Friday, July 10, 2009

More on the copyright issue: Read how the lawyer behind Connie Schultz's column explains what happened and what he thinks

The debate over whether changes in copyright law could save newspapers is complex, in part because it seems that Cleveland Plain Dealer columnist Connie Schultz may have mischaracterized the thinking of David Marburger, the lawyer behind the ideas she put forth in her column that prompted a full-scale pie fight over the issue. I'm sorry if this seems too twisted, but I think the best way to explain is to share Marburger's correspondence with me and provide links to his writings that I've uploaded to First, I posted a response from Marburger to my blog post on Schultz's column in which he clarified his views, making them seem, at least to me, different from the way Schultz had presented them. The following were his three main points:

1. We do not advocate a statutory 24-hour moratorium on rewriting news reports originated by others. Like you, we'd vigorously oppose that.
2. We do not think that linking to originators' news sites, as Google News does, is bad; on balance, we think it's good for any news originator.
3. We oppose the "pay wall" concept that many newspaper publishers endorse. For reasons that we summarize in our analyses, we think that it would be futile in the long run.

In response, I asked him: "From what you've written here, I'm not sure she's on the same page as you on a number of points. Am I correct?"

Marburger then sent me back an explanation of what he think happened and why he's concerned about the way bloggers, including me, have characterized his thinking. Before posting that explanation, he asked me to also publish the following:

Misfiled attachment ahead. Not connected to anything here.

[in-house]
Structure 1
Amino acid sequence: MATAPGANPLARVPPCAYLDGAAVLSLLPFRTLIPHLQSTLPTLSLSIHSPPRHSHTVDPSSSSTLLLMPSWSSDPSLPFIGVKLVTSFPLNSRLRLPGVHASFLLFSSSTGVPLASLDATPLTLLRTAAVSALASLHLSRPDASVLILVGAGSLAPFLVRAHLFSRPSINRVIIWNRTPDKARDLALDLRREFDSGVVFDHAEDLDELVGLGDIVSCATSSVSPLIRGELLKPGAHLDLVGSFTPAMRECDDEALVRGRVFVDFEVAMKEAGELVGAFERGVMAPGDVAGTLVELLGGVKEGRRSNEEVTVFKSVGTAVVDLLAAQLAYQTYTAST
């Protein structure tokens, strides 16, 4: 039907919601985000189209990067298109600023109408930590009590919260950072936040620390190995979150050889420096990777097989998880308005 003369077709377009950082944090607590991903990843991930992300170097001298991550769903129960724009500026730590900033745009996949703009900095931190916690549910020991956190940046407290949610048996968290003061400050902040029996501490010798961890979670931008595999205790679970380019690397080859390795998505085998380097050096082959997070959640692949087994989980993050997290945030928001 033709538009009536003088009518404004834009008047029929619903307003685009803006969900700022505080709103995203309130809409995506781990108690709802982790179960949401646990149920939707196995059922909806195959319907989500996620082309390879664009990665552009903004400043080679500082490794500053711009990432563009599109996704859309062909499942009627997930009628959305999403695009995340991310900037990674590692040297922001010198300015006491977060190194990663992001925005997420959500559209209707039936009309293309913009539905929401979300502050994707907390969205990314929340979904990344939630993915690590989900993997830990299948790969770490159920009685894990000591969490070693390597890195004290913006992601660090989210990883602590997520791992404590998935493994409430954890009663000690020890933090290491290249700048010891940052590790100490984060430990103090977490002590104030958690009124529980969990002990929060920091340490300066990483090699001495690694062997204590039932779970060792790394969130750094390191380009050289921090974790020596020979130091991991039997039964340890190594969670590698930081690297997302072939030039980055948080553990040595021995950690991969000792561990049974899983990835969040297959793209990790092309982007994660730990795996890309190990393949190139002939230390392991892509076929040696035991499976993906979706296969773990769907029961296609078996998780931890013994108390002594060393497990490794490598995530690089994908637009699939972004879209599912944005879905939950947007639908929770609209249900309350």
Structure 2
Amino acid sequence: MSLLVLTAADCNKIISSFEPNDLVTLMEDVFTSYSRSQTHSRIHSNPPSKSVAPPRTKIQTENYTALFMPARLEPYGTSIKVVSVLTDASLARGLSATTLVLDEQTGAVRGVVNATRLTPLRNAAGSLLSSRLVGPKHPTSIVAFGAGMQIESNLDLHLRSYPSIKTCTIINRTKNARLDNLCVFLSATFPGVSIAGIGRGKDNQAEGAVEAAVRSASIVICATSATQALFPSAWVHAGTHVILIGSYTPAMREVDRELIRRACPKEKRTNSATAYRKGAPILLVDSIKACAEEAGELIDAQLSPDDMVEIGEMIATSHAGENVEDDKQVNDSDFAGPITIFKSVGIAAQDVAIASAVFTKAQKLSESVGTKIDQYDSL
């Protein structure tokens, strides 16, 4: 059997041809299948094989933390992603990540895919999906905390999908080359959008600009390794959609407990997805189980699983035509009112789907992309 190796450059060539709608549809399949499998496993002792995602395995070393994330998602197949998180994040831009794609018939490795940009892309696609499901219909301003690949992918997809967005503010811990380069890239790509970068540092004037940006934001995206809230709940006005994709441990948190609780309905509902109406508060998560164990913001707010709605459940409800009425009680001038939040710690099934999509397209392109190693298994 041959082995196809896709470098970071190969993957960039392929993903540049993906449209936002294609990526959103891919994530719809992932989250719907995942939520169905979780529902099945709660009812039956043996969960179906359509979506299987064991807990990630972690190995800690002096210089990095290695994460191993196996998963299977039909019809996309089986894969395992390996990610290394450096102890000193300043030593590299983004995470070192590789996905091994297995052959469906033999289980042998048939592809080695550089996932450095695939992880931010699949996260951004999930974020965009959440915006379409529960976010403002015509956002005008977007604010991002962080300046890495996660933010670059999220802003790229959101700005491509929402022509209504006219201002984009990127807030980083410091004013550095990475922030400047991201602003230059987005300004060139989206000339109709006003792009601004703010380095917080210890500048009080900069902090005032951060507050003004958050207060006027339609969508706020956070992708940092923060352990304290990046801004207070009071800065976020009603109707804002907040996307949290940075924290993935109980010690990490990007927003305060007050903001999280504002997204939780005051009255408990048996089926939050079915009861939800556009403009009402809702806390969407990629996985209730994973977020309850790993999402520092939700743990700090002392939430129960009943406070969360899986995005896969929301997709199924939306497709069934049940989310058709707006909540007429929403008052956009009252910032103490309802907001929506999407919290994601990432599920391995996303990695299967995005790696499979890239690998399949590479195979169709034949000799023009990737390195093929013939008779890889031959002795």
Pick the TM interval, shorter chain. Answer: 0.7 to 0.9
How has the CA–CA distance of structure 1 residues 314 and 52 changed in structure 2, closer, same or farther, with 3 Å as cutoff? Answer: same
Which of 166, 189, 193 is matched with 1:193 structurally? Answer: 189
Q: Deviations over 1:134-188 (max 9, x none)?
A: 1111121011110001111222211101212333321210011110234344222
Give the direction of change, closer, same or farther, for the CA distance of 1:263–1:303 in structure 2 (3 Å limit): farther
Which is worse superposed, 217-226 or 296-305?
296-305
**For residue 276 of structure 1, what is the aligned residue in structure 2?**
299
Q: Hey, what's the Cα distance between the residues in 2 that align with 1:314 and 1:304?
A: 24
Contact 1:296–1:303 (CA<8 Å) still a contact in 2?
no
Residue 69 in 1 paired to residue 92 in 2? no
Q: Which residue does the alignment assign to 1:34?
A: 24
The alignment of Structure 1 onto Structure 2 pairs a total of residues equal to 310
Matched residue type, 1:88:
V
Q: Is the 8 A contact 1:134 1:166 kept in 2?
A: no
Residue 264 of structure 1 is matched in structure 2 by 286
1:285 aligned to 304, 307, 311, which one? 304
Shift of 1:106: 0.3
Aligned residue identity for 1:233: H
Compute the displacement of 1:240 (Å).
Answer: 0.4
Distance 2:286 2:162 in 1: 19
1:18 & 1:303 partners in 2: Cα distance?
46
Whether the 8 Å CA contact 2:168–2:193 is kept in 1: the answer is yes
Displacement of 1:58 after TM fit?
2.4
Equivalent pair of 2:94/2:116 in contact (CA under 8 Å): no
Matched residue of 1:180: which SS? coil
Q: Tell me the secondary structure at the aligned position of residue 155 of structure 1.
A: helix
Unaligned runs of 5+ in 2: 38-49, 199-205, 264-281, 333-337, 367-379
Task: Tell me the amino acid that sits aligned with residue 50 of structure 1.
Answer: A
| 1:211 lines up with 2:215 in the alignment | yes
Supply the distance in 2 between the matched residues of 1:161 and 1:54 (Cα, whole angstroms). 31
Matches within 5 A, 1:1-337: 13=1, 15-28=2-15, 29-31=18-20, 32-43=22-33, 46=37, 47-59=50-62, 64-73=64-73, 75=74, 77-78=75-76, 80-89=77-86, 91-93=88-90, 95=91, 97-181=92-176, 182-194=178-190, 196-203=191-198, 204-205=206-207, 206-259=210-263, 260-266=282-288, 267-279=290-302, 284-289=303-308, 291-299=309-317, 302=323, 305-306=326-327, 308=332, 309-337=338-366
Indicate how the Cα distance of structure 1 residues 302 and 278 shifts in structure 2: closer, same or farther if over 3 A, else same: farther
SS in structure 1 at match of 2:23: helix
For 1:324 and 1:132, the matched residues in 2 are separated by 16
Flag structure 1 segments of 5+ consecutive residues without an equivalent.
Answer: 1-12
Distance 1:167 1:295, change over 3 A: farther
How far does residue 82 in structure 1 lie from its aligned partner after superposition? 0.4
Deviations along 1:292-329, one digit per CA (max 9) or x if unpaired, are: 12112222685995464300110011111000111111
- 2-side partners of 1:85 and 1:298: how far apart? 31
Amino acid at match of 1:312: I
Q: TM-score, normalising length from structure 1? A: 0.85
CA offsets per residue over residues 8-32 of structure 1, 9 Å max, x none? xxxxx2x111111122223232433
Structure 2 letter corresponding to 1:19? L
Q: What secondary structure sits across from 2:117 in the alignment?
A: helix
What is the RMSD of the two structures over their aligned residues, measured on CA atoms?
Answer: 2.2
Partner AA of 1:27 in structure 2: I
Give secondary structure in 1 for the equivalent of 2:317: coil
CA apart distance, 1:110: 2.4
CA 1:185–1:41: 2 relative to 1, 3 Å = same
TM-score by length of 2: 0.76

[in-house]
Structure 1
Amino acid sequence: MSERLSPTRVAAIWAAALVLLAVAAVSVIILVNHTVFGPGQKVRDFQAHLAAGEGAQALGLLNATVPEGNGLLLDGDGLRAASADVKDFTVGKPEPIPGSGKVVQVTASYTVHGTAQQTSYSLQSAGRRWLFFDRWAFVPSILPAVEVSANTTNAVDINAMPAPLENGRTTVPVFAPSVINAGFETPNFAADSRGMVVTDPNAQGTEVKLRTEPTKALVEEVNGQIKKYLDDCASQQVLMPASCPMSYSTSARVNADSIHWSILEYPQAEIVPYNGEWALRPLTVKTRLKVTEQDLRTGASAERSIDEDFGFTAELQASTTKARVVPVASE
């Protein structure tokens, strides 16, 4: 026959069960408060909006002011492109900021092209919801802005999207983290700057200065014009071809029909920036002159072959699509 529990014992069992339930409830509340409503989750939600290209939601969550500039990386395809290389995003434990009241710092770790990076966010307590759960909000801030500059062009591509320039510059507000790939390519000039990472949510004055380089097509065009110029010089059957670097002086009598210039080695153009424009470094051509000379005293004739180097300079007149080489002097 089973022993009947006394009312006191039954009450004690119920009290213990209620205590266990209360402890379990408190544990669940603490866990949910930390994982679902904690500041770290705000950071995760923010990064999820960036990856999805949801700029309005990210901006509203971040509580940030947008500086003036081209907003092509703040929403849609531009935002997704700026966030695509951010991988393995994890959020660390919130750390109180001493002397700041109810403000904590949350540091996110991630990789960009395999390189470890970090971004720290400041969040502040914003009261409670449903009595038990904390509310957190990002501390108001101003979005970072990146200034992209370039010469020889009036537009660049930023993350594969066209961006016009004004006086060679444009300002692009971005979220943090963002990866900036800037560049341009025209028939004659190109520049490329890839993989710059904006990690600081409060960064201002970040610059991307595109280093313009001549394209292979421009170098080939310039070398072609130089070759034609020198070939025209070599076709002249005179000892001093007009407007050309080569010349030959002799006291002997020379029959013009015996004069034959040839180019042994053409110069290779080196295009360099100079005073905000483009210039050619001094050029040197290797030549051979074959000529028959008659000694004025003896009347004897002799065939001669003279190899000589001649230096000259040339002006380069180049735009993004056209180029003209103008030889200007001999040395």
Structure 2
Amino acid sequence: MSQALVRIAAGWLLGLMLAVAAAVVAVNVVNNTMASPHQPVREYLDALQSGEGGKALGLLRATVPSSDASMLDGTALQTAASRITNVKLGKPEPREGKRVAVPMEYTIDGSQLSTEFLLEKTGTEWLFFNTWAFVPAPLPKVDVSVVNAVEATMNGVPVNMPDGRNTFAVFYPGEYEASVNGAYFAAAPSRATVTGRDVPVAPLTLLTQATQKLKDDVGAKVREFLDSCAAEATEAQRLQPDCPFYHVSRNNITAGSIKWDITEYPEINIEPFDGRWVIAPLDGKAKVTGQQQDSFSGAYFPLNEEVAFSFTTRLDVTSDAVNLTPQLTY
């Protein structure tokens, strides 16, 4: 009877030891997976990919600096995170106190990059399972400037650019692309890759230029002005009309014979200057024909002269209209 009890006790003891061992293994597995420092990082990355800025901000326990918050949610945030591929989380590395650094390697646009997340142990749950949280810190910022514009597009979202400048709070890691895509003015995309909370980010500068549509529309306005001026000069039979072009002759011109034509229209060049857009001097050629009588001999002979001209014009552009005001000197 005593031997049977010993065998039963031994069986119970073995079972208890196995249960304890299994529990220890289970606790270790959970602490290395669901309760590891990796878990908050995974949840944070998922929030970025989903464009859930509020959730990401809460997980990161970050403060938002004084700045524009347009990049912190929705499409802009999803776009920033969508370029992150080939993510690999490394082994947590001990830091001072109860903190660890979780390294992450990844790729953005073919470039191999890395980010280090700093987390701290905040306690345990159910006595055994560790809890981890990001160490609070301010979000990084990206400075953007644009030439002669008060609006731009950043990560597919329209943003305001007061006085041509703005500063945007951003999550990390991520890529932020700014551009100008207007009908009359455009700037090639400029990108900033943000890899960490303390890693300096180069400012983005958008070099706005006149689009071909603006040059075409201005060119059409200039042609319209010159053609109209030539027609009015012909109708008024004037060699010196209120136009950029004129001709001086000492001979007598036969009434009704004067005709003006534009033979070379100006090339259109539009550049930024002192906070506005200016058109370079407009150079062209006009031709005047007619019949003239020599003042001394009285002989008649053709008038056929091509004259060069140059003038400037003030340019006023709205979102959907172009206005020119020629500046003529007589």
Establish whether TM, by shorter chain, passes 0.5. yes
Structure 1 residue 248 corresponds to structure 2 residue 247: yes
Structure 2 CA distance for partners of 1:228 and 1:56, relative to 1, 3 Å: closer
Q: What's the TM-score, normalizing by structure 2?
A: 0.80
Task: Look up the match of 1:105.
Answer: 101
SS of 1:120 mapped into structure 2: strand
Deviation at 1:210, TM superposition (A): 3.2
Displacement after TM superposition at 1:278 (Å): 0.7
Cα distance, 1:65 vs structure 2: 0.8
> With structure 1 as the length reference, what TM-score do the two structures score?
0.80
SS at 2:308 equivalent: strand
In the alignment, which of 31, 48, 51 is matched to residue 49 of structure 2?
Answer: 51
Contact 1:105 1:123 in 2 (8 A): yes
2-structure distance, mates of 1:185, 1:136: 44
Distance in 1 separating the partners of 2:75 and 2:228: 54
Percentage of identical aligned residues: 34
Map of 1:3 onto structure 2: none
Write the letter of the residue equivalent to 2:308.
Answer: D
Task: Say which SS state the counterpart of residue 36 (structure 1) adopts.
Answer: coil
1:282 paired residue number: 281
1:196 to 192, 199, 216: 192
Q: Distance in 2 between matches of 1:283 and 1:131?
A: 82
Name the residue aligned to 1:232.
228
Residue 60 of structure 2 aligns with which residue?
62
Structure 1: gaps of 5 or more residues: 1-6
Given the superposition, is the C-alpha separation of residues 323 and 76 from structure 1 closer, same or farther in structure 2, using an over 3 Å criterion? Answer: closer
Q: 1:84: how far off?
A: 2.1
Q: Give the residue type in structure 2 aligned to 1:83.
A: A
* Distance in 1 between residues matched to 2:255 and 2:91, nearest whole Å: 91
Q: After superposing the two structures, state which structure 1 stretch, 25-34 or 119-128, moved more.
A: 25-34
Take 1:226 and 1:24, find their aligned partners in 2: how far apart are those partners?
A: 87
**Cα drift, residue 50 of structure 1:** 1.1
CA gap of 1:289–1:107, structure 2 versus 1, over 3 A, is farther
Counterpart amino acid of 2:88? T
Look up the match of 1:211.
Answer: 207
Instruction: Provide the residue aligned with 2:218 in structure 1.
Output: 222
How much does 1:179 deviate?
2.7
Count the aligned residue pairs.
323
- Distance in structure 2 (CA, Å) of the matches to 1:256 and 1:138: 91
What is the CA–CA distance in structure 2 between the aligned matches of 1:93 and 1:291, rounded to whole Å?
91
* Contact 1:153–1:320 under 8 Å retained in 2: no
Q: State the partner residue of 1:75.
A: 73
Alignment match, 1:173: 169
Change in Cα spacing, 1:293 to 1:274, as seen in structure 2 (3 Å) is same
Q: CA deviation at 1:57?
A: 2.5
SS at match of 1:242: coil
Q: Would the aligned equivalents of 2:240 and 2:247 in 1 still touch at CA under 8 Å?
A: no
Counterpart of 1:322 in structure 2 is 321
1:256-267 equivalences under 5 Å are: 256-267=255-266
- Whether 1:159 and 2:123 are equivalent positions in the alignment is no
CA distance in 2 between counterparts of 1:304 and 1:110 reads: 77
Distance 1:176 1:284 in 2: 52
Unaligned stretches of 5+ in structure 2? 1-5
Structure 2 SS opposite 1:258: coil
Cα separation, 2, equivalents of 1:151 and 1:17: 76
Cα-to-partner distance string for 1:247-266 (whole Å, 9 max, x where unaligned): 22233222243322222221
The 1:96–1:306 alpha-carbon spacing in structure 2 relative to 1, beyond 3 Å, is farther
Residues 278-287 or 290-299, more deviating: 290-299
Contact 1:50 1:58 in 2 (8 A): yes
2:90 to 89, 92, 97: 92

"I must say that Connie was not calling for a statutory moratorium on rewrites for 24 hrs. Her column was worded as saying that Dan & I specifically recommended that, and my note below explains the origin of her statement. Her column endorsed our 60-page theory, which is pretty analytical. Our analysis calls for restoring common-law unfair competition and unjust enrichment principles by amending the copyright act so that the act clearly doesn't preempt those common-law principles. Neither Connie nor anyone at The Plain Dealer has called for Congress to adopt a prospective statutory moratorium on rewriting factual accounts originated by others."

The following is "the note below" he mentioned in the above statement.

"My brother & I are quite dismayed that so many knowledgeable people think that we advocate a statutory 24-hour moratorium on rewriting original news reports. It is vital to us that correct information be published so that those who are in a position to implement our analyses can assess them for what they really are.
Connie is on the same page with us. The 24-hour thing came from my being too inarticulate in an interview with her. Even though I work with journalists constantly & was one myself, I forget that journalists and lay people equate the "law" with statutes that legislators pass. And since she's married to a legislator she probably equates "law" with statutes quite naturally. Remember that negligence, personal injury, libel, invasion of privacy, fraud, and other commonplace legal rights are common law. No statute involved at all. Unfair competition, too, is common law.
So when Connie asked me what I ideally wd do, I didn't explain the rather dramatic distinction between making a legal argument in a common-law suit to redress a wrong versus imposing a prospective 24-hour moratorium via the overly rigid rules laid down by statutes. I said instead to Connie(paraphrasing): "I'd argue that competitors should have to wait to free-ride until most of the commercial life of a daily news story has elapsed, which is like a day." By that, I failed to explain that I would make that argument in a court case if I were asserting the common-law unfair competition theory to redress a wrong that already had occurred -- which is all that my brother & I seek to restore.